The signpost on one side says ''inflation,'' on the other ''recession'' - and the chairman of the Federal Reserve Board is supposed to find a path between the two.
When Fed Chairman Paul A. Volcker took office nearly four years ago, inflation was running at more than 12 percent a year; now it is less than 4 percent. The price for this progress on inflation was a deep recession from which the economy is only now beginning to recover.
Should President Reagan reappoint Mr. Volcker - whom some call the second most powerful man in Washington - for four more years? He has only one vote in the 12-man board, but the unflappable chairman (who towers 6 feet, 7 inches) is generally regarded as leading the board.
The Constitution gives Congress power over money, regarded by many as the most politically sensitive instrument in Washington. But Congress has delegated much of its authority to the Fed. By raising or lowering the rate it charges on loans to member banks, the Fed in effect tightens or loosens credit. This control over the amount of money circulating in the economy has made the Fed the leading instrument of the nation's anti-inflation effort. The paradox is that by taking credit control ''out of politics,'' Congress has made the Fed one of the most potentially powerful political instruments in the city.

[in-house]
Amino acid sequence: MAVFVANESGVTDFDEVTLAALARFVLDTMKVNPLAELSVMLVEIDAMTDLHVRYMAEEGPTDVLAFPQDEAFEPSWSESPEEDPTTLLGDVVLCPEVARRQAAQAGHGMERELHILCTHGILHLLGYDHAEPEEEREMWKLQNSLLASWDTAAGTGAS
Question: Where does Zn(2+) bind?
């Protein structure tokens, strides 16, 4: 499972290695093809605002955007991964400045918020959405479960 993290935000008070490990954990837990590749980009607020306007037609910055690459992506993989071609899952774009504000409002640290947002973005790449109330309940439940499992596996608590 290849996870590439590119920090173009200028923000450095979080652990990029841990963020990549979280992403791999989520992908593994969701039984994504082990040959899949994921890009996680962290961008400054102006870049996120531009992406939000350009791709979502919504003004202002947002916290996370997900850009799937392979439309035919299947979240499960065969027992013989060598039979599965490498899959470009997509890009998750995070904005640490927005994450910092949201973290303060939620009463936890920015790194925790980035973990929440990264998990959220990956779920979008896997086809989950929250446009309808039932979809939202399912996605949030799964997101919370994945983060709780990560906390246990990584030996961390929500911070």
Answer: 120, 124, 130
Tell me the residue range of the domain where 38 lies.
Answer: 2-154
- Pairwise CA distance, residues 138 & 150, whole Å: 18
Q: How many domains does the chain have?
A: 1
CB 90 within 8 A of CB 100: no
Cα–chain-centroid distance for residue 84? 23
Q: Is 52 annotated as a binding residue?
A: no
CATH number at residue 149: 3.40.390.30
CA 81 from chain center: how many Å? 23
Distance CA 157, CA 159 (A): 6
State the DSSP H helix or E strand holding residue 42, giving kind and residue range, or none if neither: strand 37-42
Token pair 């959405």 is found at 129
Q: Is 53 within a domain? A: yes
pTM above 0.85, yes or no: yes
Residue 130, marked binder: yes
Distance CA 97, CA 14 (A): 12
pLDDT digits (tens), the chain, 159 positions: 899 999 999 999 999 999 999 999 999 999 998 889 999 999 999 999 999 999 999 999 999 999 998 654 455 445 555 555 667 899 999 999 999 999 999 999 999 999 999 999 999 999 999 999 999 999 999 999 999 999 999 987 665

President Reagan's impending decision will come at a time when Volcker's actions on interest rates, some say, could decide the 1984 election. President Reagan hasn't said whether he will reappoint Volcker (originally picked by President Carter) and Volcker hasn't said that he wants reappointment. Alternatives to Volcker reportedly include Wall Street economist Alan Greenspan or Fed vice-chairman Preston Martin.
Most observers say Mr. Greenspan's policy on the Fed wouldn't differ sharply from Volcker's. Greenspan has long praised the present chairman. Furthermore, the chairman has only one vote and must win over supporters to switch its policy.
President Reagan has been reticent about Volcker and the Fed. Generally, he has gone along with its policy. The political background is that voters normally hold the President responsible for the economic situation. Although President Carter named Volcker, the latter helped tighten credit to check inflation after appointment. This produced a mini-recession that damaged Mr. Carter's reelection chances. Now encouraging economic news has increased Reagan's popularity rating, and the normal course of a business recovery could make Republican hopes brighter by November 1984.